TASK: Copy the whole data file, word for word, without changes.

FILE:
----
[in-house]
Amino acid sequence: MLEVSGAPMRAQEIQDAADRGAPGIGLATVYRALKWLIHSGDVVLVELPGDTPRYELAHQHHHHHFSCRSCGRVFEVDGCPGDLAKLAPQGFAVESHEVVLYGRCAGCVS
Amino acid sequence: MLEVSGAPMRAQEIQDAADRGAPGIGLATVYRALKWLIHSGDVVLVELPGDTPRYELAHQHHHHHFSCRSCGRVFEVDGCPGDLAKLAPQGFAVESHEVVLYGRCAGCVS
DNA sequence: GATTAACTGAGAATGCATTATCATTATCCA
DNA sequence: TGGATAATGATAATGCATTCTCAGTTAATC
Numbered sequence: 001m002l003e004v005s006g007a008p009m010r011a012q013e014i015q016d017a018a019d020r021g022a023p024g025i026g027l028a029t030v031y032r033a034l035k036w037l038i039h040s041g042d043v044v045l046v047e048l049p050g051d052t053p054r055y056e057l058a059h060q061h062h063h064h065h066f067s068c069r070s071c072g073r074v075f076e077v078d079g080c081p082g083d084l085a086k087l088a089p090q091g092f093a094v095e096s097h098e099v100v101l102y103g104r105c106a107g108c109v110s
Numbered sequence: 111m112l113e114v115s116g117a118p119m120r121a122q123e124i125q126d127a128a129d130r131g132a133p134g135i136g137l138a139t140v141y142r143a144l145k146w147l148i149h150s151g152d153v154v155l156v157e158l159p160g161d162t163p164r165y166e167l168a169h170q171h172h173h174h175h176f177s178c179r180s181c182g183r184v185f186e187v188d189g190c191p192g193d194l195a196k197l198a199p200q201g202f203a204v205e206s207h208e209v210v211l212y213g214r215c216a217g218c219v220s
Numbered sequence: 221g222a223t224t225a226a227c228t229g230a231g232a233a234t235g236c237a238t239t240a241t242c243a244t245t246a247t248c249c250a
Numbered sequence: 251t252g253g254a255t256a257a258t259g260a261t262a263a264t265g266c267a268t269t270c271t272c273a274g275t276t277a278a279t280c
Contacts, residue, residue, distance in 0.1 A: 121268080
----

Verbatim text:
[in-house]
Amino acid sequence: MLEVSGAPMRAQEIQDAADRGAPGIGLATVYRALKWLIHSGDVVLVELPGDTPRYELAHQHHHHHFSCRSCGRVFEVDGCPGDLAKLAPQGFAVESHEVVLYGRCAGCVS
Amino acid sequence: MLEVSGAPMRAQEIQDAADRGAPGIGLATVYRALKWLIHSGDVVLVELPGDTPRYELAHQHHHHHFSCRSCGRVFEVDGCPGDLAKLAPQGFAVESHEVVLYGRCAGCVS
DNA sequence: GATTAACTGAGAATGCATTATCATTATCCA
DNA sequence: TGGATAATGATAATGCATTCTCAGTTAATC
Numbered sequence: 001m002l003e004v005s006g007a008p009m010r011a012q013e014i015q016d017a018a019d020r021g022a023p024g025i026g027l028a029t030v031y032r033a034l035k036w037l038i039h040s041g042d043v044v045l046v047e048l049p050g051d052t053p054r055y056e057l058a059h060q061h062h063h064h065h066f067s068c069r070s071c072g073r074v075f076e077v078d079g080c081p082g083d084l085a086k087l088a089p090q091g092f093a094v095e096s097h098e099v100v101l102y103g104r105c106a107g108c109v110s
Numbered sequence: 111m112l113e114v115s116g117a118p119m120r121a122q123e124i125q126d127a128a129d130r131g132a133p134g135i136g137l138a139t140v141y142r143a144l145k146w147l148i149h150s151g152d153v154v155l156v157e158l159p160g161d162t163p164r165y166e167l168a169h170q171h172h173h174h175h176f177s178c179r180s181c182g183r184v185f186e187v188d189g190c191p192g193d194l195a196k197l198a199p200q201g202f203a204v205e206s207h208e209v210v211l212y213g214r215c216a217g218c219v220s
Numbered sequence: 221g222a223t224t225a226a227c228t229g230a231g232a233a234t235g236c237a238t239t240a241t242c243a244t245t246a247t248c249c250a
Numbered sequence: 251t252g253g254a255t256a257a258t259g260a261t262a263a264t265g266c267a268t269t270c271t272c273a274g275t276t277a278a279t280c
Contacts, residue, residue, distance in 0.1 A: 121268080